Blue Collar Rocker
Jon Dee Graham is a dyed-in-the-wool alt-country hero.
Thursday, February 17, 2005
In the Second Annual No Depression Critic’s Poll detailing the best releases of 2004, the bimonthly alt-country magazine places Jon Dee Graham’s The Great Battle above albums by roots music heavies like Wilco, Steve Earle, Dave Alvin and Willie Nelson. The Great Battle sits at number five, right behind legends like Loretta Lynn and Brian Wilson.
Even though Graham’s name is not readily recognizable outside of his hometown of Austin, Texas, it should be. Graham started his music career by dropping out of a University of Texas pre-law program to join an Austin-based punk band called the Skunks. Following this stint, during which the band opened for groups like the Ramones and the Clash, the guitarist jumped onboard legendary singer/songwriter Alejandro Escovedo’s group, the True Believers. Despite being pioneers of the burgeoning roots-rock movement, the group parted ways after record label EMI dropped them just days before the release of their sophmore album.
After that crushing blow, Graham moved out to Los Angeles, where he befriended John Doe, former frontman for punk pioneers X. Graham ended
up playing guitar and co-writing two songs on Doe’s 1990 solo debut, Meet John Doe.
But, in 1996, after working with artists like Michelle Shocked and Patty Smyth, Graham decided to abandon the music business and become a construction worker.
“It was years and years of accrued anger and bitterness,” he says from his home in Austin.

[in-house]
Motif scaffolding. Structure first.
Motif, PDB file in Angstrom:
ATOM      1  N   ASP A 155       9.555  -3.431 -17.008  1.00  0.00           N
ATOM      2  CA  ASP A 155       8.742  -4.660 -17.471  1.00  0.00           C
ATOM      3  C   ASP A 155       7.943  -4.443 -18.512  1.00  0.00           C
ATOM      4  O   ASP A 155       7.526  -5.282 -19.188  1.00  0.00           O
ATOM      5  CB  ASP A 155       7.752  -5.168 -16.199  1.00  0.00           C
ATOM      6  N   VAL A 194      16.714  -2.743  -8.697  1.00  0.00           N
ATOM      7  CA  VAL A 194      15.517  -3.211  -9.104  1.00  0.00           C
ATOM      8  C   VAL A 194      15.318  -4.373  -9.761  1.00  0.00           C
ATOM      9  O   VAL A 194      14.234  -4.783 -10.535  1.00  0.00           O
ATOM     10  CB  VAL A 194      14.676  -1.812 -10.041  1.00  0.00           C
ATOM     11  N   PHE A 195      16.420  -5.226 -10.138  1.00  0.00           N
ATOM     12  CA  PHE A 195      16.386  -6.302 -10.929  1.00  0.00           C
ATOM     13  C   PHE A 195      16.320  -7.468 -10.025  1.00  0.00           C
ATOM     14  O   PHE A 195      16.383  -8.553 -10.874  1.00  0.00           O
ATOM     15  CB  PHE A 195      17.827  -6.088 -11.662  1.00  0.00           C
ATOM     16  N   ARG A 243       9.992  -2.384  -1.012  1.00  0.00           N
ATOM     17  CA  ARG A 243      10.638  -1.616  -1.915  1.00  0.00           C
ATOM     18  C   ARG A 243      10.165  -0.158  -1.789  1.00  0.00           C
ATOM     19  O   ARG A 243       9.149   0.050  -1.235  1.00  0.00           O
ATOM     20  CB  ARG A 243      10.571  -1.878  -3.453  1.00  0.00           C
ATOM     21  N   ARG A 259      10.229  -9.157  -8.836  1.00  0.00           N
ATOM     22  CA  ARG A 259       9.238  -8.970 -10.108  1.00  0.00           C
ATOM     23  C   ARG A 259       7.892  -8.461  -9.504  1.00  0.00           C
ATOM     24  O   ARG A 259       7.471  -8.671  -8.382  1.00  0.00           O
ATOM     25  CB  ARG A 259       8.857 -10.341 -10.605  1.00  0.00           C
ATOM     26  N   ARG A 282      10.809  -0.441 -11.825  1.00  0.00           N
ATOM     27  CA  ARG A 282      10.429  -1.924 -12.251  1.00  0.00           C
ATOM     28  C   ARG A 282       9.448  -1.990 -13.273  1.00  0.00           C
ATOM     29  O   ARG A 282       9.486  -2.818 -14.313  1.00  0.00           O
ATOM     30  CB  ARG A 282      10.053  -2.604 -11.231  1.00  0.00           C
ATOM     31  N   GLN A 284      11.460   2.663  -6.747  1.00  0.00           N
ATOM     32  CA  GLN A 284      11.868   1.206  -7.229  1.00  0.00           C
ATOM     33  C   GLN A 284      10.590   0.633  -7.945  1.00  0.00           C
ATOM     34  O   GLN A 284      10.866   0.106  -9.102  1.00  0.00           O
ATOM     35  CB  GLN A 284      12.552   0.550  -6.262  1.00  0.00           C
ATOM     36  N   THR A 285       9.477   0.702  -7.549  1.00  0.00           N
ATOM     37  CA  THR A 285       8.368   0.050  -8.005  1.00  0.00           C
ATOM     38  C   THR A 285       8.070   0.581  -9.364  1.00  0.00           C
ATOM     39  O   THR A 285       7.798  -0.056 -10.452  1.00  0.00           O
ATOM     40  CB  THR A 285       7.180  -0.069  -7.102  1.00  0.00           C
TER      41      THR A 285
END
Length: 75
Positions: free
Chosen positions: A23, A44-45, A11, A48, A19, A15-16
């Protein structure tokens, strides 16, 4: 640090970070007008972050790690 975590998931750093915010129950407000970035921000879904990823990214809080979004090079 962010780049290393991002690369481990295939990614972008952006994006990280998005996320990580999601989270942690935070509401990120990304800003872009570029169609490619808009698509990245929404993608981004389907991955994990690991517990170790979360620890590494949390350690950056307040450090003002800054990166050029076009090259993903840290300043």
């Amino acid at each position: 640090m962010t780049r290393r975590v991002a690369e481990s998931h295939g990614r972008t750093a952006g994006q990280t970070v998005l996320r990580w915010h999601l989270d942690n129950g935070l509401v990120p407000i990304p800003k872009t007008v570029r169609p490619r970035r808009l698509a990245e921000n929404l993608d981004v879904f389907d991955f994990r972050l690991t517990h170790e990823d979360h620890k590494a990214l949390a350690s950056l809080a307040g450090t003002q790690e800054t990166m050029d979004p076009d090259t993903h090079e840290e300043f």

Graham’s career in manual labor lasted less than a year. Graham says he decided to return to music after singer/songwriter Kelly Willis asked him to play with her. “The money was very good,” he says, laughing.
He then launched an impressive second act as a musician. His first solo album, Escape from Monster Island, was released in 1997. The Great Battle (already his fourth solo release) is the result of work with guitar prodigy-producer Charlie Sexton that has Graham very excited.
“[Sexton] brought an orchestral feel to it that’s not easy to get,” Graham says.
The gruff opening number (“Twilight”) sounds like Tom Waits fronting Crazy Horse. Later on, Graham throws in a foot-stomping version of the traditional number “Lonesome Valley,” a great, rocked-out cover of Neil Young’s “Harvest” and moving originals like “E. 11th Street.”
In Graham’s original work there are evocative images of working-class life—possibly gleaned from his construction career. At the beginning of “Something to Look Forward To,” he sings: “Comin’ home worn out/ In the middle of the night/ Turnin’ on a cop show/ Watching poor people fight.” Meanwhile, the song’s chorus is about the hope that everything will be all right after the work week ends and Saturday rolls around.
With The Great Battle receiving lots of critical acclaim, it’s possible that this longtime musician has finally made it to Saturday afternoon.
Jon Dee Graham plays the Hidden Valley Theater, Carmel Valley Road and Ford Road in Carmel Valley, Saturday at 7pm. $20. 625-9244.